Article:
by Margaret Croyden
Margaret Croyden is a theater reviewer and essayist for the New York Theatre Wire.
"Frogs" Nathan Lane's Folly
by Aristophanes, adapted by Burt Shevelore
and freely adapted by Nathan Lane
Music and Lyrics by Stephen Sondheim
Directed and choreographed by Susan Stroman
The Lincoln Center Theater at
The Vivian Beaumont
Reviewed August 10,2004 by Margaret Croyden
Nathan Lane is a terrific comic. And a successful one at that. Who can forget his performance in "The Producers," "Laughter on the 23rd Floor," "A Funny Thing Happened...," "The Bird Cage," and numerous other hits that won him many Tony's, Emmy's, and Critics awards. Watching him has always been a pleasure--his pauses, his double takes, his perfect timing, his body work, and his likable personality. Too few genuine comics are working on Broadway today; most have succumbed to television inanity, or to crummy movies, or to low down scatological stand up's to get laughs. But Nathan Lane prefers the stage, though he has dipped into the movies at times.
So I must say that I looked forward to seeing him again on stage, particularly because of his fabulous success in "Producers" which put that production on an all time high. And to make matters more interesting, look who he is working with: Sondheim, Shevelore, and Stroman--all top bananas in their own fields. So what happened on the way to "Frogs?" Sorry to say it all was a disaster. What could Nathan Lane be thinking in this hodge podge production, which was his brainchild, his input, and drive that got it all together.
The story, an adaptation, so the program says, of Aristophanes "Frogs," is, to be sure, a very free adaptation. Our hero, Nathan Lane is Dionysos who sees the world crumbling and wants to save it by going to Hades to get Bernard Shaw and Shakespeare to rescue humanity through their art. The show opens with a funny number instructing the audience how to behave during a play. Good, I thought, this is a swell beginning. But soon after the production takes a dip. The energy is slowly depleted, the songs are not funny or memorable, and this leaves poor Nathan Lane who, with his sidekick Roger Bart (in the role of the slave) to work hard to keep up the jokes--but nothing. In the middle of it Lane sings an idiotic love song about his dead wife, Ariadne. Now Nathan Lane cannot be a romantic hero all of a sudden. He is a top banana comic and a love song in the middle of this is preposterous. First of all Lane is unbelievable, he can't sing these kinds of songs to begin with and, as Dionysos, his longing for his dead wife is ludicrous. Why, in the middle of what supposed to be a comedy, did we need this silly song? From then on there was no where for this production to go, but down.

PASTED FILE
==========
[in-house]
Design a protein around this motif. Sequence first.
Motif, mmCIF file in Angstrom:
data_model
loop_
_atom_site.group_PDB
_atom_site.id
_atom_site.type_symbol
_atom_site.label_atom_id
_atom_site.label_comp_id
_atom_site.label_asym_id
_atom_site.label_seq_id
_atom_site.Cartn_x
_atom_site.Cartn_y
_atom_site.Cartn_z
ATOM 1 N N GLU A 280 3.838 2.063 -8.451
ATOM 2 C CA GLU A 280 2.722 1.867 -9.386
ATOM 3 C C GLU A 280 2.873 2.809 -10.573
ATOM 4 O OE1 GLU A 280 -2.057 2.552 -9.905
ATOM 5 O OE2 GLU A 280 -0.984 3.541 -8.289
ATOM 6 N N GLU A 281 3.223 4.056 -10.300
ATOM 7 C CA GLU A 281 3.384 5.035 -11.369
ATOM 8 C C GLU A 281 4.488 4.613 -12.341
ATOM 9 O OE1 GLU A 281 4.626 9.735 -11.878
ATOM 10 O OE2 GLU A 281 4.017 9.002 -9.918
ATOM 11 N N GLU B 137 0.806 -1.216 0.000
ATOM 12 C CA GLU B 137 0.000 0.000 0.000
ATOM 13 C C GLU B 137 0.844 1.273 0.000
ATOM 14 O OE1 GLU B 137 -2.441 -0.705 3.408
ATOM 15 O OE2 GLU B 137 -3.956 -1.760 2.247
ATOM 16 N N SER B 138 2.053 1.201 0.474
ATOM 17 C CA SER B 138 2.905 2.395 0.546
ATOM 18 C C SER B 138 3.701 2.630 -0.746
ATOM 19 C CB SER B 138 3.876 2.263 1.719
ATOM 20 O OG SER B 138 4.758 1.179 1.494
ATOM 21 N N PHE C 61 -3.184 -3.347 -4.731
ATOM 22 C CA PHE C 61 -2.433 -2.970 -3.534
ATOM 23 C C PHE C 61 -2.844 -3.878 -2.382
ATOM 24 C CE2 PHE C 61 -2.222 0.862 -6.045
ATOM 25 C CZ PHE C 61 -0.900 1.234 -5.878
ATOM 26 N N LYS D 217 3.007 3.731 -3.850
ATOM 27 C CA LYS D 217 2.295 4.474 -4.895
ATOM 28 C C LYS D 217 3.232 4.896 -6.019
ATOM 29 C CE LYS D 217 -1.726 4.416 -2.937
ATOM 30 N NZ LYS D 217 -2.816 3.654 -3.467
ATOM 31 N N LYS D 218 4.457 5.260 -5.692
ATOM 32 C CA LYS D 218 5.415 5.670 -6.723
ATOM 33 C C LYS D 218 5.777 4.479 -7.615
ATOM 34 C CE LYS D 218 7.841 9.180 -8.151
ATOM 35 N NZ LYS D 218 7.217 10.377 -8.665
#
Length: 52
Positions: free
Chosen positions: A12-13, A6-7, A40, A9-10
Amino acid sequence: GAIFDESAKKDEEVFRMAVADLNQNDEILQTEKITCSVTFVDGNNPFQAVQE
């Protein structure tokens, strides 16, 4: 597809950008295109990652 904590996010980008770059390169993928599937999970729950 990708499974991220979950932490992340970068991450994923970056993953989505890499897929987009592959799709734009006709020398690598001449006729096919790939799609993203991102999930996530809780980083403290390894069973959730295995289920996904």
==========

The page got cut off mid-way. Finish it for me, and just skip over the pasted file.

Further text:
But lets not forget that Sondheim, the darling of the musical world who, some say, can do no wrong, did plenty wrong here. He is, after all responsible for the silly "Ariadne" song. In fact, not one song, except for the opening number, is any good; the lyrics are meaningless; the music unidentifiable and plainly dull. What came over Sondheim, or has he always been overrated? Remember "The Assassins" which was also underscored and messy as if the composer was confused about his point of view?
And then there is the director Susan Stroman. The dancing is a slick imitation of every company that ever appeared on stage. Apparently Stroman was interested in being spectacular and phony spectacular is worse than no spectacular. People were continually flying in the air--even Nathan Lane was hitched up to a flying machine and tossed around, so that it was not only not funny but elicited pity for Nathan's ordeal. More and more high flyers appeared: every few moments something, or someone dropped from the sky. And there were the costumed frogs in their repetitious high jumping numbers. And what a pile of ugly frogs in ugly costumes. I know they're supposed to be ugly but who wants to watch it? And that wasn't the end of it. Every musical must have puddles of water on stage and this production was no exception. So water there was as Charon (another unappealing character) pulls the boat to Hades. I forgot--at the beginning we have Herakles giving advice to Dionysos about what costume he should wear in Hades. (And what a bunch of repulsive costumes they are).
I guess you get the point by now that "Frogs" is a mess. And poor Nathan Lane is stuck with it. But what was he and his company thinking? How come they didn't see all this? How come all these talented people were drawn into this fiasco and screwed up so much? But this is not an unusual happening in the theater. Every other day, so to speak, gifted artists are involved in disastrous flops. Don't they know--a question one always wonders about. But that's a whole other story that is beside the point right now. [Croyden]
Margaret Croyden is the author of "Conversations With Peter Brook, 1970-2000" (Farrar, Straus & Giroux)
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